If you're looking for an ADSL broadband plan, then you've come to the right place.
Our broadband experts have selected the best 20 ADSL broadband plans for you and presented in the comparison table below so that you can easily compare key features and select the best plan for you.
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512 Super 15 Anytime
512 Super 40 Anytime
1500 Super 15 Anytime
1500 Super 40 Anytime
8000 Super 40 Anytime
Here we will have a look at ADSL broadband Internet plans. This is where you’re looking for a standard broadband access via a phone line with speeds up to 8 mbps.
Remember dial-up Internet access? Well ADSL will do the same thing, but at 100 times the speed. Most Internet service providers will offer a range of plans to suit any user.
To access ADSL Internet you will need a standard telephone line connected to your home or business. The signal used to transmit data is a different frequency to that used for the telephone so this means that the line can be used for both purposes at the same time. All that needs to be done is for a filter to be used to separate the signals.
These filters are inexpensive and will eliminate what is known as “white noise” which would otherwise be apparent on your phone or fax line. Data coming to your computer from the Internet usually travels faster than the data which is transmitted from your computer but this doesn’t really affect most home users.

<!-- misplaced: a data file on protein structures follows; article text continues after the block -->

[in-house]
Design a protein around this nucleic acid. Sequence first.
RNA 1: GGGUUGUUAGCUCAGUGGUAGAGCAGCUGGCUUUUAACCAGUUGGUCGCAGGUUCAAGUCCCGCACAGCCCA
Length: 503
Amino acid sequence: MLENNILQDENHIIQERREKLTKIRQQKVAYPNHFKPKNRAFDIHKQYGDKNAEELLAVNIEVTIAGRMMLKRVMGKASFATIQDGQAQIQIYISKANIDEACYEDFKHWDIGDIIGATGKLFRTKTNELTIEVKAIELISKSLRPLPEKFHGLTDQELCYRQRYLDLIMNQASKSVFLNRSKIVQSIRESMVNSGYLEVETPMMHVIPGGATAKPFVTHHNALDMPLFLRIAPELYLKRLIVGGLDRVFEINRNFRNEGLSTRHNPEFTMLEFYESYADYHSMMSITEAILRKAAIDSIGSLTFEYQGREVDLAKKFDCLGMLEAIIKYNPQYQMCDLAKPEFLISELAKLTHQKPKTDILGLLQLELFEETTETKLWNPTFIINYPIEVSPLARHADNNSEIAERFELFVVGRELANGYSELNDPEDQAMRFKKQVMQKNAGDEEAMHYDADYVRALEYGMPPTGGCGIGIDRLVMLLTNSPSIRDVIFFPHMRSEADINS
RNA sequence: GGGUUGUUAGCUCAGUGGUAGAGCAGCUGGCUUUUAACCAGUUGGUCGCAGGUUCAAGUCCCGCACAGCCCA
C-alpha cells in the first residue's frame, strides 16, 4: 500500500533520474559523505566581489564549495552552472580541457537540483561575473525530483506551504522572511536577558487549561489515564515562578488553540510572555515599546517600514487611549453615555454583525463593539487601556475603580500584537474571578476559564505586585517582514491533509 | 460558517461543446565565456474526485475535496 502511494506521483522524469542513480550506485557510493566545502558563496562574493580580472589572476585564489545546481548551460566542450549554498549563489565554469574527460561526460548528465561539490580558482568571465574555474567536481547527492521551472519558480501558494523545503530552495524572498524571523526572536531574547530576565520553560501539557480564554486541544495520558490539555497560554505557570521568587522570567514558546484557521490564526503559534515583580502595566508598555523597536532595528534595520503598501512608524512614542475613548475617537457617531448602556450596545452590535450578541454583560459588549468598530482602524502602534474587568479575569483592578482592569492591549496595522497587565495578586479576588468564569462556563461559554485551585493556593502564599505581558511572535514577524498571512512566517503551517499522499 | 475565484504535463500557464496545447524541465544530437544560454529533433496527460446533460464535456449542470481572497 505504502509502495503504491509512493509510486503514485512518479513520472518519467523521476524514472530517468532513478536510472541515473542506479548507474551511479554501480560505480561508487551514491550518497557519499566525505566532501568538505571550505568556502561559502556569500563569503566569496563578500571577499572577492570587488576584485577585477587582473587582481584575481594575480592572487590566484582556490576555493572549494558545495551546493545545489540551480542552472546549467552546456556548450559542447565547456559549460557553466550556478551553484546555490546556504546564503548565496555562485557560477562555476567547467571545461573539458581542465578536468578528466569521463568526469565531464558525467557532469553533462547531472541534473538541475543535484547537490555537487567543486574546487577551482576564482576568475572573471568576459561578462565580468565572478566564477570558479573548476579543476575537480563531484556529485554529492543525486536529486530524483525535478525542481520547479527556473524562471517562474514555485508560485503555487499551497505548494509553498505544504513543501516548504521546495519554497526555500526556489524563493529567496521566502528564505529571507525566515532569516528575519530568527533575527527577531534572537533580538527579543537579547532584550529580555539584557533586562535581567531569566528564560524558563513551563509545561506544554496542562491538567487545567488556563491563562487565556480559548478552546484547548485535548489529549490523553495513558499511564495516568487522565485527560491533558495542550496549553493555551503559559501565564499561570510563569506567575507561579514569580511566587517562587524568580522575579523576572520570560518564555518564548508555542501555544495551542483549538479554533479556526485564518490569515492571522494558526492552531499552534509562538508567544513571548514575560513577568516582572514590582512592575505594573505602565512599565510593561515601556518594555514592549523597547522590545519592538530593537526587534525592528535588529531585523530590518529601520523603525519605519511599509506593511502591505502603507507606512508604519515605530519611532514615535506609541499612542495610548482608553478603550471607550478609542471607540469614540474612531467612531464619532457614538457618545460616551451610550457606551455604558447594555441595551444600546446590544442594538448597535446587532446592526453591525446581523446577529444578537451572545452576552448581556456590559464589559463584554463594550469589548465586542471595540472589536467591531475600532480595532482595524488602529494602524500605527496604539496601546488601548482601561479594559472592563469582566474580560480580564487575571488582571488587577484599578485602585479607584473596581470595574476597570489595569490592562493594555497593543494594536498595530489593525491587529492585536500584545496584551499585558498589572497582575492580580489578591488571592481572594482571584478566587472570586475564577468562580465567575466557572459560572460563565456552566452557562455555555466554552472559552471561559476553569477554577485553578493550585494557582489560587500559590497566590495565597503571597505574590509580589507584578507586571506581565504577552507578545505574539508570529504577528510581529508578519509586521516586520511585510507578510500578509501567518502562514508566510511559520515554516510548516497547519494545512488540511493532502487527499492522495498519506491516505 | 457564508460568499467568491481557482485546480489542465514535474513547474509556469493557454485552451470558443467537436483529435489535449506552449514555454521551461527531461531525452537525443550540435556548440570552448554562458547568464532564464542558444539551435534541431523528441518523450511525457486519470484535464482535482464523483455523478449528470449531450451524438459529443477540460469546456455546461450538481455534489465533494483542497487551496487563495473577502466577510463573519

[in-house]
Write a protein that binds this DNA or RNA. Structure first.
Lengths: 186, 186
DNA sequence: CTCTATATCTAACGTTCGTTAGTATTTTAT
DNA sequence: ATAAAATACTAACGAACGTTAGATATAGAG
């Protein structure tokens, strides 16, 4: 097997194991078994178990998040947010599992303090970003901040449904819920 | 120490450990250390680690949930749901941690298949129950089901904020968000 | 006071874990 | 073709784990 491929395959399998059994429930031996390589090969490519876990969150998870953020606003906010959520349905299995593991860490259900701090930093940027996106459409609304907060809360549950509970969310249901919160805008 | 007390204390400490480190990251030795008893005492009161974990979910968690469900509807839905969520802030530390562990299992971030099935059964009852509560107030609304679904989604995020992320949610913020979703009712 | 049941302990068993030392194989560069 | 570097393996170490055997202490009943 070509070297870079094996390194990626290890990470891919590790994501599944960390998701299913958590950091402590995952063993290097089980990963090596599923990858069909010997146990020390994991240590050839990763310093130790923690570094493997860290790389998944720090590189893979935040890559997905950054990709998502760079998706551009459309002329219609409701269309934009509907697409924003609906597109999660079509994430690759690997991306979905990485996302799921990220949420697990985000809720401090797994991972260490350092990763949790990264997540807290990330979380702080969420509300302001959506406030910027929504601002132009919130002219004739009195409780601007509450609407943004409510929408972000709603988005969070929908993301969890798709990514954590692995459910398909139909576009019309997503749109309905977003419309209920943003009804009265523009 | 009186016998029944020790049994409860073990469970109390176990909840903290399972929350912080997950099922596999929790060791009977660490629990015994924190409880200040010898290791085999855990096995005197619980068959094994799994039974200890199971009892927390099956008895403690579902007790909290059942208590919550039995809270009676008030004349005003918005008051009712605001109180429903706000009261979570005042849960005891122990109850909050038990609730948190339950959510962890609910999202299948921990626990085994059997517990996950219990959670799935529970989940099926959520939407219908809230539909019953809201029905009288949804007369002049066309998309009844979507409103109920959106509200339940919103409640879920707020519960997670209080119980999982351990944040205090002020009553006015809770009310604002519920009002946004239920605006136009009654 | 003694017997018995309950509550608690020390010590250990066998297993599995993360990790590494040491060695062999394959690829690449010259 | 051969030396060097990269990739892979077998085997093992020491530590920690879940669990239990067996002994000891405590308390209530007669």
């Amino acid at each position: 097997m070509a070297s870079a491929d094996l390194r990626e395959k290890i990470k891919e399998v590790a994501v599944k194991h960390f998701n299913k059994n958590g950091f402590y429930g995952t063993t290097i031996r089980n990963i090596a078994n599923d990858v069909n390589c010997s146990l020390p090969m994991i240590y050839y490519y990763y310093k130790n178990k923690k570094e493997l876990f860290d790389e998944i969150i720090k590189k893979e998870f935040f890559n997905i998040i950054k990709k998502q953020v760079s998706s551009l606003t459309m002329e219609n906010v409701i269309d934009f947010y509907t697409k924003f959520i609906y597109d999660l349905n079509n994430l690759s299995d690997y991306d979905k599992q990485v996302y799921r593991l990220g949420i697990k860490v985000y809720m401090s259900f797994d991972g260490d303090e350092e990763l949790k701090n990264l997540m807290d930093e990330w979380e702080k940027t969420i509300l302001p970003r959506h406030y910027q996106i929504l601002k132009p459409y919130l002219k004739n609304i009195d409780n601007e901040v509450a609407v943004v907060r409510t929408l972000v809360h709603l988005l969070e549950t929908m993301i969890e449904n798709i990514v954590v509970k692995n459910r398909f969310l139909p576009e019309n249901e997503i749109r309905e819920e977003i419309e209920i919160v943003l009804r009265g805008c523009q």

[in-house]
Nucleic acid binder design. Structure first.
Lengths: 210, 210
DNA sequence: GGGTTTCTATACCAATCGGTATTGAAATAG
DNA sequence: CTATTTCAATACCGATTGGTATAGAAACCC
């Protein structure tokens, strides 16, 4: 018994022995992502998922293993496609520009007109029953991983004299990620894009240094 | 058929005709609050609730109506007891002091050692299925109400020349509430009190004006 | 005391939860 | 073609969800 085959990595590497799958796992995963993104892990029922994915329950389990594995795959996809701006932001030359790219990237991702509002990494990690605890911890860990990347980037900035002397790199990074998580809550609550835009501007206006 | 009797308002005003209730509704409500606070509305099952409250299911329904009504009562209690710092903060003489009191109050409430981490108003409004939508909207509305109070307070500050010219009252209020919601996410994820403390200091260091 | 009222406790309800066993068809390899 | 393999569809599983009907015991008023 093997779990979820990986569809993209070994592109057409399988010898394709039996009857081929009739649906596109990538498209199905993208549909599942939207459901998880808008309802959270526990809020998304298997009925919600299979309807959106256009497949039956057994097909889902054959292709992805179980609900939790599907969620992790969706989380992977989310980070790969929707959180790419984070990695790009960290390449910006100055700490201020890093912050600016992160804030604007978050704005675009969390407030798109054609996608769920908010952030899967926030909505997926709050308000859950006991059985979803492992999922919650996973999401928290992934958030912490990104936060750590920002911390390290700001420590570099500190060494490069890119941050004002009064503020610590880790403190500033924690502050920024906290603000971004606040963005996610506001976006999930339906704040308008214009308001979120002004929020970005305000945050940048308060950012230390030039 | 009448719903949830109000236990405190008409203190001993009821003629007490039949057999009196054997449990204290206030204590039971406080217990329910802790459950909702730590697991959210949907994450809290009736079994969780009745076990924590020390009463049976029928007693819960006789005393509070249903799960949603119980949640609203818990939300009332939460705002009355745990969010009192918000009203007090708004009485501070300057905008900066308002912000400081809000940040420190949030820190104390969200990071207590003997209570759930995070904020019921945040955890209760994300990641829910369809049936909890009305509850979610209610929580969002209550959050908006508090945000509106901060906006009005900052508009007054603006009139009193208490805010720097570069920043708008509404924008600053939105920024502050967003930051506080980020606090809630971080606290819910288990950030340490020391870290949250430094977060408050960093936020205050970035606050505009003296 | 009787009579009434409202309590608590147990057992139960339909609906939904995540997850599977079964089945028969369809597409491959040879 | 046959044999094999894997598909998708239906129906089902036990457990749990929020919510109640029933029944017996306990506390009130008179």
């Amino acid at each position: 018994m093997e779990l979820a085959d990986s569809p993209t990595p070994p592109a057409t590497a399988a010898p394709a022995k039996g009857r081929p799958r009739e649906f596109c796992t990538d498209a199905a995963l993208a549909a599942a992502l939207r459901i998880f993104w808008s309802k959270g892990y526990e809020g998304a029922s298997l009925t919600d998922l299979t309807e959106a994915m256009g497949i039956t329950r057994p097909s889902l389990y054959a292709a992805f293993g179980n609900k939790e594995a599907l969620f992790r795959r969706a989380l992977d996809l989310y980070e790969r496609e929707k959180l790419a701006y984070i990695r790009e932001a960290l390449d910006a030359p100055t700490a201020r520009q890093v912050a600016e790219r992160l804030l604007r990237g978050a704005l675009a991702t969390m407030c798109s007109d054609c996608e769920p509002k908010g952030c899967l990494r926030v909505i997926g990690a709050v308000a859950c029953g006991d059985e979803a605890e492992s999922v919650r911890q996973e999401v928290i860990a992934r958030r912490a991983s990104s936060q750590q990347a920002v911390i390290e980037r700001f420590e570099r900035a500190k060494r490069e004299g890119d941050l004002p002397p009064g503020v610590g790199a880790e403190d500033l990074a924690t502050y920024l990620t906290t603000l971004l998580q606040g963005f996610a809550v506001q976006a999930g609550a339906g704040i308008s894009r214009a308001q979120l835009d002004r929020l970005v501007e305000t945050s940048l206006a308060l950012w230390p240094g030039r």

But for businesses this might become an issue when they want to transmit large files. In this case SDSL (or Symmetric Digital Subscriber Line) will be more appropriate because both data streams can be transmitted at the same speed. You will need to install a dedicated telephone line for this purpose.
If you choose an ADSL Internet plan, then your Internet service provider will generally give you an ADSL modem free of charge as part of the package.
By the way, you don’t have to worry about “down” times because as long as your computer is turned on it will remain connected to the Internet automatically, unless you physically turn the modem off.
The speed at which your service will operate can be affected by a few things such as the physical distance between your computer and the telephone network exchange, so you may want to check the expected speed with your provider before signing up for any plans.
As a start-up option you should look for flexibility in the plan, so that if your needs change, it will be a simple matter to upgrade. All plans should be chosen according to your individual needs and this will be largely dependent upon your expected usage. Budget ADSL plans are the most basic on the market and will provide adequate access for those who want to do a little surfing, send a few e-mails a day and maybe download a song or two.
After you have been using a basic plan for a number of months it is a good idea to review your usage to see whether there is a better option for you.
Be careful though, because once you have exceeded your monthly data allowance, any extra usage will be charged at a higher rate. Whilst some companies will send you a warning e-mail as you approach your monthly limit, you should check for yourself at least halfway through every month to determine whether you need to either slow down your access, or decide to upgrade to a higher plan.